November 6 - We had our first rainy day!  Drove toward the Cape of Good Hope (the most south westerly point of Africa) but it was raining so much we decided to do the cape another day.  We did stop at Boulders beach in Simon's town and watched the African penguins.  They were formerly called Jackass penguins because of their donkey-like braying call.  They  are in their molting season so they were not very active.  During this time of the year they lose their down feathers so they do not get into the water.  The month before this molting season they gorge themselves since they cannot hunt to eat.  We drove along the western coast to Chapman's Peak, a very scenic highway similar to Hwy 1 in California. It is a toll road, fairly short, for under $4, and we did it going to Hoek Bay and coming back.  The views were fantastic.  While in Hoek Bay we had lunch at Mariner's Wharf, a famous restaurant in this area.  I had the Mariner's Curry which was just OK.  Not as good as the Harbor House.  By the way, the rain stopped when we started up Chapman's Peak, thank goodness.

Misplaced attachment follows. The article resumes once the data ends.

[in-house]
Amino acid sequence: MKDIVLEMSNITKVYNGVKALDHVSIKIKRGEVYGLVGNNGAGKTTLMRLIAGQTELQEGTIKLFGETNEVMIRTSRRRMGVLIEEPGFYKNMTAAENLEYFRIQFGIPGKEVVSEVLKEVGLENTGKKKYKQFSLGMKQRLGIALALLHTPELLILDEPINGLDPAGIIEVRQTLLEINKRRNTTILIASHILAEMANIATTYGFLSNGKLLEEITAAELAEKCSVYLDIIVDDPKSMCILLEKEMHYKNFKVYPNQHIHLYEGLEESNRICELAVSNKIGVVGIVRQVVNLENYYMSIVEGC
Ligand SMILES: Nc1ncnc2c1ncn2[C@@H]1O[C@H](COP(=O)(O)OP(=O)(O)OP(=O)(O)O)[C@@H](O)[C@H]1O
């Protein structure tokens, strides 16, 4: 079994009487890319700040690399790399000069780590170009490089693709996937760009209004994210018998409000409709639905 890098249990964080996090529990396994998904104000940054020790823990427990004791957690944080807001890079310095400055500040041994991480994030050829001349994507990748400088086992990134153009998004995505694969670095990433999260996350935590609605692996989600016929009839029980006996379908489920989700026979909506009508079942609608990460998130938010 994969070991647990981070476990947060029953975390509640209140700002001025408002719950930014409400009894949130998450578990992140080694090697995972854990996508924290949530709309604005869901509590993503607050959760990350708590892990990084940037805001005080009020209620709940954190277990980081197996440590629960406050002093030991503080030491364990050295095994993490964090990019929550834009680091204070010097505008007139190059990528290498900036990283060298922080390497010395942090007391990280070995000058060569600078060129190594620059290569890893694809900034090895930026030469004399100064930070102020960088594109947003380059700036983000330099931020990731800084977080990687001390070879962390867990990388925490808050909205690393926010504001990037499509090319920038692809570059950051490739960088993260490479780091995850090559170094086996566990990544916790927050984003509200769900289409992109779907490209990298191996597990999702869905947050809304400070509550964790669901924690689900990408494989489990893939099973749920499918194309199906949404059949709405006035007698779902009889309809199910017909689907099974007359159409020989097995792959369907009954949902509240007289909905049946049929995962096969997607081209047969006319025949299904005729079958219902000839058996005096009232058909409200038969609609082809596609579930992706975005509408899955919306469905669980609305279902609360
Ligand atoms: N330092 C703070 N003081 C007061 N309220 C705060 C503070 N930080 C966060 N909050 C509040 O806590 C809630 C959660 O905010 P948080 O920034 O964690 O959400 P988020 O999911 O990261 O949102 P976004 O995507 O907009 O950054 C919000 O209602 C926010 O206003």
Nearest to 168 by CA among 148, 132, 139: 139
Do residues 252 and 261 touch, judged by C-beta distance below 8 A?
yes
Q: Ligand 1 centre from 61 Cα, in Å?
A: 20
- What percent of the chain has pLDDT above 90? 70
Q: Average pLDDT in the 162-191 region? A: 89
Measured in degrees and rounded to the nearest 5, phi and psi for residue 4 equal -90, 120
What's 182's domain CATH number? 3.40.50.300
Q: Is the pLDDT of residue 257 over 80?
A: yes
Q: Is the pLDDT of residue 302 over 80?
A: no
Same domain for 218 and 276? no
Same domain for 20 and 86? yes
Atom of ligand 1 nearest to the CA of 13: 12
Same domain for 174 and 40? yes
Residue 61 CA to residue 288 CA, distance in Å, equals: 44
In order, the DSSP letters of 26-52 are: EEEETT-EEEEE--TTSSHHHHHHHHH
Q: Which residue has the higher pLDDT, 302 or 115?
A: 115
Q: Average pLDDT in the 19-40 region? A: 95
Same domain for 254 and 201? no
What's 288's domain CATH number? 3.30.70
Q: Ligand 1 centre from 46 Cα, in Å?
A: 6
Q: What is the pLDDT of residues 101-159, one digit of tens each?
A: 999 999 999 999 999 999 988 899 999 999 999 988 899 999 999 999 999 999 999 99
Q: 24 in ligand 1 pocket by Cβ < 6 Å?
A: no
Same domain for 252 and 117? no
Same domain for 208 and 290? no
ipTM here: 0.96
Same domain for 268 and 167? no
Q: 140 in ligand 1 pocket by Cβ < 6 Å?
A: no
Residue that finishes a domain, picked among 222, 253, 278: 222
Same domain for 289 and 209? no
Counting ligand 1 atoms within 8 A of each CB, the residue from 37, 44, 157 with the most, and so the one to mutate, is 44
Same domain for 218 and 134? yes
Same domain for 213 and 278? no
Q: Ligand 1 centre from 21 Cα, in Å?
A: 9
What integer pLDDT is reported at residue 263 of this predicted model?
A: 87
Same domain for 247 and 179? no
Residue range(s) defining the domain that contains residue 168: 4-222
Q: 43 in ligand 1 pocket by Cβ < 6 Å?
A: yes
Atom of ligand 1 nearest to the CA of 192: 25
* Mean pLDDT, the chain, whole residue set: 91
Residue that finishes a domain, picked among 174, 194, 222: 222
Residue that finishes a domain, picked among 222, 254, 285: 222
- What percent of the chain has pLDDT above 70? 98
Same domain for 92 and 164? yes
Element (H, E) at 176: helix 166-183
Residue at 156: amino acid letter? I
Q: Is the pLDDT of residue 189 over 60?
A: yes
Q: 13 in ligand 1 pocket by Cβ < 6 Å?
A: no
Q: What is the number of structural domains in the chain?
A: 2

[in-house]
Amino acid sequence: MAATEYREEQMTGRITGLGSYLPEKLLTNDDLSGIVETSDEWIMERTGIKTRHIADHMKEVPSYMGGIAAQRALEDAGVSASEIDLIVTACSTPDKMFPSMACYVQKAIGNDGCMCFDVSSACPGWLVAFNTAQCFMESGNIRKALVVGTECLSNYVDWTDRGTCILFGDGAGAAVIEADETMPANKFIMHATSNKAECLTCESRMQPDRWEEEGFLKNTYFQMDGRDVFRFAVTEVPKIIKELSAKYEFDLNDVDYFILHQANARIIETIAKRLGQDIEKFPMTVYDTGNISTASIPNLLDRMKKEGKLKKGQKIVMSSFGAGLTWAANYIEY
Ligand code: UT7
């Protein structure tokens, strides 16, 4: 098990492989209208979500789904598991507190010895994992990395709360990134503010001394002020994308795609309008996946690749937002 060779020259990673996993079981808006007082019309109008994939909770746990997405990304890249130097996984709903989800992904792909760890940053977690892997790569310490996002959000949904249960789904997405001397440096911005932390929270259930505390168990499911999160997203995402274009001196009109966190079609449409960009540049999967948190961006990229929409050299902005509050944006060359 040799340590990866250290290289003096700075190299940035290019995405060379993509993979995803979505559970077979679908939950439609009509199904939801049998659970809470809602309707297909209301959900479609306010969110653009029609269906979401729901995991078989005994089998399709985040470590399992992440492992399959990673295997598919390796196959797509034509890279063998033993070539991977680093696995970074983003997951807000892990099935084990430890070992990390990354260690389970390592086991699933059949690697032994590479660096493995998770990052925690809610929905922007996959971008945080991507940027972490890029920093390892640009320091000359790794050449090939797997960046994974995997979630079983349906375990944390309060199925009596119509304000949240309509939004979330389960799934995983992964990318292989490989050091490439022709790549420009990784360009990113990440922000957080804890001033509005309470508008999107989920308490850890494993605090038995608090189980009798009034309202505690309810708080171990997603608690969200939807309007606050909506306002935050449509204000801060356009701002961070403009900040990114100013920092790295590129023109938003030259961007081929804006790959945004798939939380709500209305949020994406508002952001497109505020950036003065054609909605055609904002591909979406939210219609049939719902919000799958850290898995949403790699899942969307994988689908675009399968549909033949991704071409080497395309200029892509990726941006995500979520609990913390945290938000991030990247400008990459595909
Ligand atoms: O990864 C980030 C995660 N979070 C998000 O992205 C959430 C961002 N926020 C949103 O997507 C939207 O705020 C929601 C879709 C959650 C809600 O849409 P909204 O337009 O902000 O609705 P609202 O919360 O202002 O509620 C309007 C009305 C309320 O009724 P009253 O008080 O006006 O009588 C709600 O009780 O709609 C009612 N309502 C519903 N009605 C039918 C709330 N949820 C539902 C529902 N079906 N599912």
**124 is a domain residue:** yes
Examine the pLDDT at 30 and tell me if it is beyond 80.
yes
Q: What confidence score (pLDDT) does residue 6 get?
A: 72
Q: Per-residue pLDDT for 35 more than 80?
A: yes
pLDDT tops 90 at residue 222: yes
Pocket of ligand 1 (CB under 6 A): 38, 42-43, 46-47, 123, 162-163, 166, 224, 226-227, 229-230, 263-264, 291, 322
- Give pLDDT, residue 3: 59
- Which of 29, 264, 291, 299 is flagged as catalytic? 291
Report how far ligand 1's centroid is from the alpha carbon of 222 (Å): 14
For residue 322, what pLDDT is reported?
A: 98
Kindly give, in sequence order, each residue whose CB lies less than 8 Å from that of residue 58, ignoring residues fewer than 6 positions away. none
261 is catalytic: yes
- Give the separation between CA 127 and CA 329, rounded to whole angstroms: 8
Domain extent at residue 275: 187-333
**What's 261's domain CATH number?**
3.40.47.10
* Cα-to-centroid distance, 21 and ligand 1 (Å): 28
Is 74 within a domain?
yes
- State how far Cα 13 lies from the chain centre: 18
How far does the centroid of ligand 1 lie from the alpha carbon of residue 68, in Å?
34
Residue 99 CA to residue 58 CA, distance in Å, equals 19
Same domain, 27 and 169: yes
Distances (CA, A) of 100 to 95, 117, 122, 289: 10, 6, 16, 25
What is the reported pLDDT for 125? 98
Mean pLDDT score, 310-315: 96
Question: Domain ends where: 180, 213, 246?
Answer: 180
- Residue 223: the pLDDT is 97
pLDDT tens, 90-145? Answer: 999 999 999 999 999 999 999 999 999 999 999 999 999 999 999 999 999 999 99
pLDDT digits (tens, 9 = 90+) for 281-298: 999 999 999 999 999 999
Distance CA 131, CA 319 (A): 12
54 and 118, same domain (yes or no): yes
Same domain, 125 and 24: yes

November 7 - Beautiful clear days so we drove to the Cape of Good Hope via the scenic route out of Simon's Town called Red Hill which is a very curvy road up and over the mountain.  The Cape was beautiful today.  We took the Flying Dutchman Funicular up to the lighthouse and back down and walked the light keepers trail to Cape point.  On this trail we encountered many baboons.  They were sitting along side of the trail and on the trail.  After a brief lunch in the car (you can not eat outside because of the baboons) we hiked to the ocean via Dias Beach and stuck our feet in the water and took lots of pictures.  There were 250 steps to get to the water but it was worth it.  Fairly tired, we went back to our apartment and walked to town for fish and chips takeout.